Decimal, Float, and Value functions

Applies to: Canvas apps Dataverse formula columns Desktop flows Model-driven apps Power Platform CLI

Converts a string of text or other types to a number.



Power Apps only supports the Value function and it returns a Float value. Support for the Decimal and Float functions will be added soon.

Use the Decimal, Float, and Value functions to convert a string of text that contains number characters to a numeric value. Use these function when you need to perform calculations on numbers that were entered as text by a user. These functions can also be used to convert other types to a number, such as date/time and Boolean.

The Value function will return the default numeric data type for the Power Fx host you are using, which is usually Decimal and the best choice for most situations. Use the Decimal and Float functions when you need a specific data type for a particular scenario, such as a scientific calculation with a very large number. For more details on working with these data types, see the Numbers section of Data types.

Different languages interpret , and . differently. By default, the text is interpreted in the language of the current user. You can specify the language to use with a language tag, using the same language tags that are returned by the Language function.

Notes on the format of the string:

  • The string may be prefixed with the currency symbol for the current language. The currency symbol is ignored. Currency symbols for other languages aren't ignored.
  • The string may be include a percent sign (%) at the end, indicating that it's a percentage. The number will be divided by 100 before being returned. Percentages and currency symbols can't be mixed.
  • The string may be in scientific notation, with 12 x 103 expressed as "12e3".

If the number isn't in a proper format, these functions will return an error.

To convert date and time values, use the DateValue, TimeValue, or DateTimeValue functions.


Decimal( String [, LanguageTag ] )
Float( String [, LanguageTag ] )
Value( String [, LanguageTag ] )

  • String - Required. String to convert to a numeric value.
  • LanguageTag - Optional. The language tag in which to parse the string. If not specified, the language of the current user is used.

Decimal( Untyped )
Float( Untyped )
Value( Untyped )

  • Untyped - Required. Untyped object that represents a number. Acceptable values are dependent on the untyped provider. For JSON, the untyped object is expected to be a JSON number, boolean, or text that can be converted to a number. Keep in mind that locale-related formats are important considerations when communicating with external systems.


The user running these formulas is located in the United States and has selected English as their language. The Language function is returning "en-US". The Power Fx host uses Decimal by default.

Value and Decimal

Since we are using a host that has Decimal as the default, Value and Decimal will return the same results.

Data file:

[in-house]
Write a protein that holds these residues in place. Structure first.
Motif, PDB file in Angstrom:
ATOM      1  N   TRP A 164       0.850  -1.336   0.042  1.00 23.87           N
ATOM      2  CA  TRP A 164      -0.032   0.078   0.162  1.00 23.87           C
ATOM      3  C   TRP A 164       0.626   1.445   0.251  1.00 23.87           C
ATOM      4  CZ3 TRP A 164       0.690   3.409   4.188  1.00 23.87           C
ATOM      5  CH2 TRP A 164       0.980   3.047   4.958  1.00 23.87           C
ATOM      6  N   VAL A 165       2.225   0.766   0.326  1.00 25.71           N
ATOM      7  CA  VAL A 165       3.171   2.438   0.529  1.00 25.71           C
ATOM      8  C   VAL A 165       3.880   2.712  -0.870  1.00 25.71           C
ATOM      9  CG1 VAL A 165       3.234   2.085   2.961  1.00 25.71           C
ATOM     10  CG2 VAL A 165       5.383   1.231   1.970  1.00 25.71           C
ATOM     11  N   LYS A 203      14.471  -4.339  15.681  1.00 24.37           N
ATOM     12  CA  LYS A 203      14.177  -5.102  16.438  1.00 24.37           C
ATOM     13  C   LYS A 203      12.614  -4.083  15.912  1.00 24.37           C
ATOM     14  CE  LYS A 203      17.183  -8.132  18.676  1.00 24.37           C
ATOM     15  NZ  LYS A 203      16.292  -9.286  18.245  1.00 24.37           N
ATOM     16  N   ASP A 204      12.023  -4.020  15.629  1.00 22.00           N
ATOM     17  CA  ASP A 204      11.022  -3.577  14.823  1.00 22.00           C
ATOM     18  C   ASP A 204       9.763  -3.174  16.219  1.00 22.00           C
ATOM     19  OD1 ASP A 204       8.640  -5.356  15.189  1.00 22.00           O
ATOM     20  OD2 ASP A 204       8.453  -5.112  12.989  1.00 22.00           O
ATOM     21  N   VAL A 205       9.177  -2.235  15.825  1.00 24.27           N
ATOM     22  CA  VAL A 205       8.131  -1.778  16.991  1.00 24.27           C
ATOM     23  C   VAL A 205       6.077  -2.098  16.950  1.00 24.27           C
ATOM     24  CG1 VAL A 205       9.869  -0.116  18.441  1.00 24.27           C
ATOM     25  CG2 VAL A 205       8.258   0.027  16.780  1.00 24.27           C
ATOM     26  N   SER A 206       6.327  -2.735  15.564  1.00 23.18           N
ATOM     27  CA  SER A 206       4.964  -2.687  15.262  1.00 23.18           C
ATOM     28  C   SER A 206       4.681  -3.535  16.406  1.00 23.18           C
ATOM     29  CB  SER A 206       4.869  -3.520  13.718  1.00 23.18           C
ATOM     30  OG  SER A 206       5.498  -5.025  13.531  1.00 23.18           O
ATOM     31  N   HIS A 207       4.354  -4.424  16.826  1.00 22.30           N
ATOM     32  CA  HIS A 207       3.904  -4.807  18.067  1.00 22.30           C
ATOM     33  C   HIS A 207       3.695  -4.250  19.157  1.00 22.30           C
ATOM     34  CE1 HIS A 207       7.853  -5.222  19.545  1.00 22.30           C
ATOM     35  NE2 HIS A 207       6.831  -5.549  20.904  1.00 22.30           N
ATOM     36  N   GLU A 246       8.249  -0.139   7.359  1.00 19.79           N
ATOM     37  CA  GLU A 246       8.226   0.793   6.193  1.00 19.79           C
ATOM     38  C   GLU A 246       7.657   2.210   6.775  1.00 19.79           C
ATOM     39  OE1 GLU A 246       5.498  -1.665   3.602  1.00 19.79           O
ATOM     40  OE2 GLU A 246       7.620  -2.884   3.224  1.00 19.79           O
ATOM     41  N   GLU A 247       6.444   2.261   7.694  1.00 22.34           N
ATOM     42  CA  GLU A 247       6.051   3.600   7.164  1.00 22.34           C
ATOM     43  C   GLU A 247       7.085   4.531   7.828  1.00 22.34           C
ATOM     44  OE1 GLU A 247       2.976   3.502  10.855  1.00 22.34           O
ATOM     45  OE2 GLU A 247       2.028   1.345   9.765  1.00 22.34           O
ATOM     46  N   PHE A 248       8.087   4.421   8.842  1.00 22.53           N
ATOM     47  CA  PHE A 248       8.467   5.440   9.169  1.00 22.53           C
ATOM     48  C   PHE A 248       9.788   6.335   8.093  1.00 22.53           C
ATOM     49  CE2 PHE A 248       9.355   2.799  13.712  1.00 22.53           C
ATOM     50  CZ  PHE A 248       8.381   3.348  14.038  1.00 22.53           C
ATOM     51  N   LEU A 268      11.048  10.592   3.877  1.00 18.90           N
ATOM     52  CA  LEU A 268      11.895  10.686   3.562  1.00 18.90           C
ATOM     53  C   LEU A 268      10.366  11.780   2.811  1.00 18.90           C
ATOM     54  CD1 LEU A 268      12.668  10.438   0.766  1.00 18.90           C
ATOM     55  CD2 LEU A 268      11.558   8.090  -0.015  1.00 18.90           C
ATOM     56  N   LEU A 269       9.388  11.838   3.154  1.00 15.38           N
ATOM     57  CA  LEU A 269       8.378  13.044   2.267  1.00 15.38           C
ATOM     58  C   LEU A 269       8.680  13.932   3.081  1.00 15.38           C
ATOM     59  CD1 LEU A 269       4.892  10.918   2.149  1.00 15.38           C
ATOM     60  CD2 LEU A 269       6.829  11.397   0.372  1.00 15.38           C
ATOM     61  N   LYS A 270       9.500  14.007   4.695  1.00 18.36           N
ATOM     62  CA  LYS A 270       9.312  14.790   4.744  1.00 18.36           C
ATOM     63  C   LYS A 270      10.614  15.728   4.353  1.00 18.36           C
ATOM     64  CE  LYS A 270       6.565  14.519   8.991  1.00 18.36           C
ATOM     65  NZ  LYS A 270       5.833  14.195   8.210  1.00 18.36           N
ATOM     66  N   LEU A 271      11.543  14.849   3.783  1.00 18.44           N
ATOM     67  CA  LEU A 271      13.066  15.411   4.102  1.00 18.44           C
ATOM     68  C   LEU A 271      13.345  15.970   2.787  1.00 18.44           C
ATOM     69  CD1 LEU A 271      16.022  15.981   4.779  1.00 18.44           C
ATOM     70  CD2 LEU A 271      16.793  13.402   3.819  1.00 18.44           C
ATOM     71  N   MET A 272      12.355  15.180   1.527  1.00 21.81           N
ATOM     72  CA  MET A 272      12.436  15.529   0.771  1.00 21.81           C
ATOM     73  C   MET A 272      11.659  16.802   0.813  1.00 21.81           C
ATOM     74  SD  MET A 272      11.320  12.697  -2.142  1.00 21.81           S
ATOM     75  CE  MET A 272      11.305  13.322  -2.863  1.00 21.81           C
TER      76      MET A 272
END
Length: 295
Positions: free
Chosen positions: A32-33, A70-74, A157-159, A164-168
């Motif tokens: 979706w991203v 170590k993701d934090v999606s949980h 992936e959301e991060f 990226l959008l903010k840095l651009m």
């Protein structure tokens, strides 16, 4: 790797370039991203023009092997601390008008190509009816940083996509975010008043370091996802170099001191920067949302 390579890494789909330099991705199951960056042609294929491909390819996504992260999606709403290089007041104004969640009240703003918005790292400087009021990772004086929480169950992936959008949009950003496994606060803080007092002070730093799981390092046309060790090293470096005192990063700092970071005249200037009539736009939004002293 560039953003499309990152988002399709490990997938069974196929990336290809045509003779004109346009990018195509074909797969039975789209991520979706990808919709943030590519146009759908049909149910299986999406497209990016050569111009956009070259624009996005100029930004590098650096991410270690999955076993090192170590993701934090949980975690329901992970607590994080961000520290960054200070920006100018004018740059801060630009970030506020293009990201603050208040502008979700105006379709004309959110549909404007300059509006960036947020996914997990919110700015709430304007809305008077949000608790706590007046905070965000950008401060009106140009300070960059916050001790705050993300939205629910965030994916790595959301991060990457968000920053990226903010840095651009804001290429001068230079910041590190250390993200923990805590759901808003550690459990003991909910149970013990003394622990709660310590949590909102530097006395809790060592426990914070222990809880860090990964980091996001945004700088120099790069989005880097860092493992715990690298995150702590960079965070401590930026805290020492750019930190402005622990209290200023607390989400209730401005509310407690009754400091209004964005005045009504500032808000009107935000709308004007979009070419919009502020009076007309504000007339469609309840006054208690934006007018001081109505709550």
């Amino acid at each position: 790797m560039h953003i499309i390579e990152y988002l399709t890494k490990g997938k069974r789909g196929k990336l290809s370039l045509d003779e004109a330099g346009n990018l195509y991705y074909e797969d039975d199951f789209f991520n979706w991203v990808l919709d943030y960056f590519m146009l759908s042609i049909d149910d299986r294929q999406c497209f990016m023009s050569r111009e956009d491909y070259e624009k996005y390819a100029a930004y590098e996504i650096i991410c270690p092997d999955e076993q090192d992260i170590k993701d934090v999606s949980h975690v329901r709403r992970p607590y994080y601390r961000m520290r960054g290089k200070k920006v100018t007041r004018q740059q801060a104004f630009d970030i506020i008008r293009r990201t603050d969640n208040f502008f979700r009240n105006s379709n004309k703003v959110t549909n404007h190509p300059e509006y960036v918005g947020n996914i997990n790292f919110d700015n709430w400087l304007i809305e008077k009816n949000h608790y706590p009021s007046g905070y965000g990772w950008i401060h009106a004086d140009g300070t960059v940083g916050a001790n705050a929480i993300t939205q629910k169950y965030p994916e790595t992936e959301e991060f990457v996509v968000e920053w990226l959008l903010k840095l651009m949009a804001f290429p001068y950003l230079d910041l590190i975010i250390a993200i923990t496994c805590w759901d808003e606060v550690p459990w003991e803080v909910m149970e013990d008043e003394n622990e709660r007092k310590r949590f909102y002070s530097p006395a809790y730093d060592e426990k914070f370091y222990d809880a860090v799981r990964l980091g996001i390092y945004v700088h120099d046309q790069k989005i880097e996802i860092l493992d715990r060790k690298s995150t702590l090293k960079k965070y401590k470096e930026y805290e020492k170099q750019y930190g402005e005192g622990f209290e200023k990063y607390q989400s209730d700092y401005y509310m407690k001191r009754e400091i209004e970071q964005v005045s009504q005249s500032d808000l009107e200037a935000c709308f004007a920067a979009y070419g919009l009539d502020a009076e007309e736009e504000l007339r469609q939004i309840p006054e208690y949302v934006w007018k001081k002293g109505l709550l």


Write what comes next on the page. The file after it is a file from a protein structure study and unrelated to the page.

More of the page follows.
Formula Description Result
Value( "123.456" )
Decimal( "123.456" )
The default language of "en-US" will be used, which uses a period as the decimal separator. 123.456 (Decimal)
Value( "123.456", "es-ES" )
Decimal( "123.456", "es-ES" )
"es-ES" is the language tag for Spanish in Spain. In Spain, a period is a thousands separator. 123456 (Decimal)
Value( "123,456" )
Decimal( "123,456" )
The default language of "en-US" will be used, which uses a comma as a thousands separator. 123456 (Decimal)
Value( "123,456", "es-ES" )
Decimal( "123,456", "es-ES" )
"es-ES" is the language tag for Spanish in Spain. In Spain, a comma is the decimal separator. 123.456 (Decimal)
Value( "12.34%" )
Decimal( "12.34%" )
The percentage sign at the end of the string indicates that this is a percentage. 0.1234 (Decimal)
Value( "$ 12.34" )
Decimal( "$ 12.34" )
The currency symbol for the current language is ignored. 12.34 (Decimal)
Value( "24e3" )
Decimal( "24e3" )
Scientific notation for 24 x 103. 24000 (Decimal)
Value( true )
Decimal( true )
Converts a Boolean to a number, 0 for false and 1 for true 1 Decimal


The Float function will have very close to the same results as above. Since 123.456 cannot be precisely represented in Float, the result is an approximation that is very close (123.456000000000003069544618484E2) and compounding rounding errors calculations could result in an unexpected result. The resulting type will be Float instead.

Where things diverge is if larger or smaller numbers are used.

Formula Description Result
Float( 1e100 ) Because the literal number 1e100 is beyond the range of a Decimal, this results in an error before ever calling the Float function. error (overflow)
Decimal( 1e100 ) Same problem as with the Float function. error (overflow)
Float( "1e100" ) The number in the text string is within the range of Float numbers. 1e100 Float
Decimal( "1e100" ) The number in the text string is beyond the range of Decimal numbers. error (overflow)
Float( "10000000000.0000000001" ) The number in the text string is within the range of Float numbers. However, the number requires more precision than a Float can provide and will be truncated. 1 (Float)
Decimal( "10000000000.0000000001" ) The number in the text string is within both the range and precision of a Decimal numbers. 10000000000.0000000001 (Decimal)